The problem, that I brought on myself, is I wore out the welcome in this household of CB radios. My SIL 1011-D, tower with a lot of aluminum at the top, and 1.2kw made a lot of noise around here. That was back in the 80s. I kept a few radios and mobile antennas. So as a result, I'm under orders to keep it invisible.

I'm not sure why the VF plays into the sleeve length. I've seen it being a factor in several specs I found for this antenna. But I did keep the shield I cut off (5-6")still on the coax, in case I need to use it.

I'll be connecting a grounded lightening arrestor at the base of the tree, then a run into the garage shop. I'm wondering if a spike driven into a root would suffice for grounding. If not, then a grounding stake will be used.

I've got the cable threaded through two, 10' sections right now. the third section will get a pass-through slot cut in it to bring the coax outside the pipe. A 4th section is available if I can use it. Total of 40'.
I'm going to try and get (or get away with) it 1-2' out the top of the tree.


I built one of these back in about 1983 but my design frequency was in the 500 MHz range for use in commercial systems, was a lot of fun designing it, as I recall what I figured out for theoretical construction panned out very well empirically using return loss bridges and all the rest of the paraphernalia essential in commercial design.
I found that copper tubing could be replaced with aluminium which is a lot cheaper but whether this would be practical as a 10 or 11 meters antenna I don't know.
With the length to diameter ratios of the material I was using at 500MHz the band width was very very wide I doubt the same would be true at 26/27 MHz.

The use of Large PVC piping could be advantageous, hadn't thought of doing this when I did the 500 MHz version as it would have been unnecessary but at 26/27 I can see good possibilities, some thinking to do!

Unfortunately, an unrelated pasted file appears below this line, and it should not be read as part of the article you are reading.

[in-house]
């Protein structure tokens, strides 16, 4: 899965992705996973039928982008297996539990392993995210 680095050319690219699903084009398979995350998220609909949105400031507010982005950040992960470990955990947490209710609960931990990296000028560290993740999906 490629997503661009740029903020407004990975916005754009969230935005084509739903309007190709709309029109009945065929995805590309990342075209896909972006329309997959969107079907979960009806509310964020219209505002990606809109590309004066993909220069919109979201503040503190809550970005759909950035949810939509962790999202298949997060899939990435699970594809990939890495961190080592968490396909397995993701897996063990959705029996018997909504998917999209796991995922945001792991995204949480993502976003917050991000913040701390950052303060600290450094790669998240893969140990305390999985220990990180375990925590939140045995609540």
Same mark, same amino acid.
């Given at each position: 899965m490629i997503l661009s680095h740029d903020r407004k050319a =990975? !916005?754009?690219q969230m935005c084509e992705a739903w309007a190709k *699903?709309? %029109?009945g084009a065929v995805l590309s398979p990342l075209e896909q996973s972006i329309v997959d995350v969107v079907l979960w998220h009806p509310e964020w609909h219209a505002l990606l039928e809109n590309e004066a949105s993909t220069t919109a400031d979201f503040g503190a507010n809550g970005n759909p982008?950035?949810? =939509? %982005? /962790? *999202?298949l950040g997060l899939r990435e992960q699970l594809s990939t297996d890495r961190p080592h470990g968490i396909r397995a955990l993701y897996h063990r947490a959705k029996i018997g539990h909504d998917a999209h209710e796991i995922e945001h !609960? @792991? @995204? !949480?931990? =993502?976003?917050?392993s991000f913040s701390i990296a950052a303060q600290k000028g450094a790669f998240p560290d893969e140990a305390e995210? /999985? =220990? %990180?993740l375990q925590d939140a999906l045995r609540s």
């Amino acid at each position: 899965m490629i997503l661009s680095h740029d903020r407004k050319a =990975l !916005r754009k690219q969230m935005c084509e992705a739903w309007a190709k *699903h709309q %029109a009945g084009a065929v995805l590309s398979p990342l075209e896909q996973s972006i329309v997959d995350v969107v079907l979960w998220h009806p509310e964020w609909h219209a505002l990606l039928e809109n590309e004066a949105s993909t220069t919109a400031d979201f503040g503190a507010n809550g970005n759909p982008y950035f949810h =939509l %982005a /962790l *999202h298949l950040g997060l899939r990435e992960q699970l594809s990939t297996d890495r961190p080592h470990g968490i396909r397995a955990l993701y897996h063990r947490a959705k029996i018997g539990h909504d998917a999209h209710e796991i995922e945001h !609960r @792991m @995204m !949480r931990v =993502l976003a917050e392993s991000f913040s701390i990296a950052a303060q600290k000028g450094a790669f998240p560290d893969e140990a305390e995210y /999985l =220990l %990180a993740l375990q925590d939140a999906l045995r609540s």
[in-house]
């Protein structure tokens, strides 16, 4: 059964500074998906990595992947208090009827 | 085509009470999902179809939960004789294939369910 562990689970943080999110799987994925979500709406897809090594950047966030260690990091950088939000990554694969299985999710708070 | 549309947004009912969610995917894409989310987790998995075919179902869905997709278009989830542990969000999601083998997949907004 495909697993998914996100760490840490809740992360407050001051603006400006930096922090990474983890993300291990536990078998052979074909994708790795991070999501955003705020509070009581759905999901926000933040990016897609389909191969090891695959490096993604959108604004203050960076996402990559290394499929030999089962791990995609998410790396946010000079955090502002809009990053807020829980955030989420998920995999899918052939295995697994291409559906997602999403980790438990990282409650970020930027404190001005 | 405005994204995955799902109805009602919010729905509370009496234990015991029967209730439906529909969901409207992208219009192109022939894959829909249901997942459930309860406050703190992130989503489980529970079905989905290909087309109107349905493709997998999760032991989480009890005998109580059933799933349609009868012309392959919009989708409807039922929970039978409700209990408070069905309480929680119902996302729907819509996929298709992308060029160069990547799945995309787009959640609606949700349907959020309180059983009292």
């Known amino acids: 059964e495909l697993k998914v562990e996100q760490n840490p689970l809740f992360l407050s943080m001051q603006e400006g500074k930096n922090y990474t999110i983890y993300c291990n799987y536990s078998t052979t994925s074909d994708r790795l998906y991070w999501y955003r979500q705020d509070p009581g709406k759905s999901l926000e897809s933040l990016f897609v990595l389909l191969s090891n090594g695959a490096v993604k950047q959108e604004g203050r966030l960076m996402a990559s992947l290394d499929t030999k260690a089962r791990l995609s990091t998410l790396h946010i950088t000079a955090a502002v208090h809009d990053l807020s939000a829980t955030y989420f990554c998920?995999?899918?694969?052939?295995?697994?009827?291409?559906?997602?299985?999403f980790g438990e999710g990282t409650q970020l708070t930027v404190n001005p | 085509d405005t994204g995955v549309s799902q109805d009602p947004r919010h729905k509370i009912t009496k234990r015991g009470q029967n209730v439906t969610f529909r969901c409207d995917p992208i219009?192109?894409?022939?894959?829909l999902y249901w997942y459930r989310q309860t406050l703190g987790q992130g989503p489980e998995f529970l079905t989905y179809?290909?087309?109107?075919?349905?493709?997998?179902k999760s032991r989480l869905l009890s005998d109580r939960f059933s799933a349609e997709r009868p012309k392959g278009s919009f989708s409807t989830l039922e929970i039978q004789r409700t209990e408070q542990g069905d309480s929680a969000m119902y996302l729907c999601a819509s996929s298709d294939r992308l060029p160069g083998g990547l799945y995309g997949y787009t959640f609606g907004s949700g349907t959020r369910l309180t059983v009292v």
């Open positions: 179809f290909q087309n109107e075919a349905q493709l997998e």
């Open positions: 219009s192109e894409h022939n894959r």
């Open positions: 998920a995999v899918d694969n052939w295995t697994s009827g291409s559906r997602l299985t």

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I've built at least a dozen of these with aluminum tubing at the bottom, coax through the tubing and out a PVC insulator at the center, and the center wire going up a fiberglass fishing pole for the upper part. There's one of them a few blocks away that's been in operation for at least a decade.
Painting the PVC with dark flat paint to camo it? How will the tree affect your swr ? How about using one of those black fiberglass telescoping antennas to get it up above the top? Decorate the antenna itself with some old plastic christmas tree parts to blend it into the scene. Is it to be disquised from all views? I just hide mine from the street view.
Might be rough getting up through the branches near the top for sure.
Update. I started with both elements (coax center and folded back shield) at 108". I stripped 1/4" from the top, I drilled a small hole in the pvc end cap, and soldered the coax center conductor to a brass washer to hold the whole thing up inside the pipe.
It wasn't too bad pushing the pipe through the tree. I had a planned route through a thin spot in the back. The top is at 34 feet and I can't see it from the ground.

First SWR check. ∞ infinity. Even with an antenna matcher it's way over 3:1.
I'll pull it down. cut both ends 2" and try again. I have a hunch I may end up at 102", or thereabouts.
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Update. Either I used a bad piece of coax, the tree is affecting it, or the gods are against the idea.
SWR is high. 3:1 and higher. I have the elements trimmed to 102'.
The weather is going to start warming up a bit, so I can start work on the more permanent antenna soon. In the meantime, I'm working my mobile Hustler foldover antenna on the truck roof. Kinda tall, but it's been talking all over the country.
Try the top section at 99", and put a choke (5 coax wraps on 4" former) at 96" down from the point you peeled off your braid from the top section. You likely want to start with the top a little long for trimming to tune.
Investigate the flower pot antenna for potentially helpful information.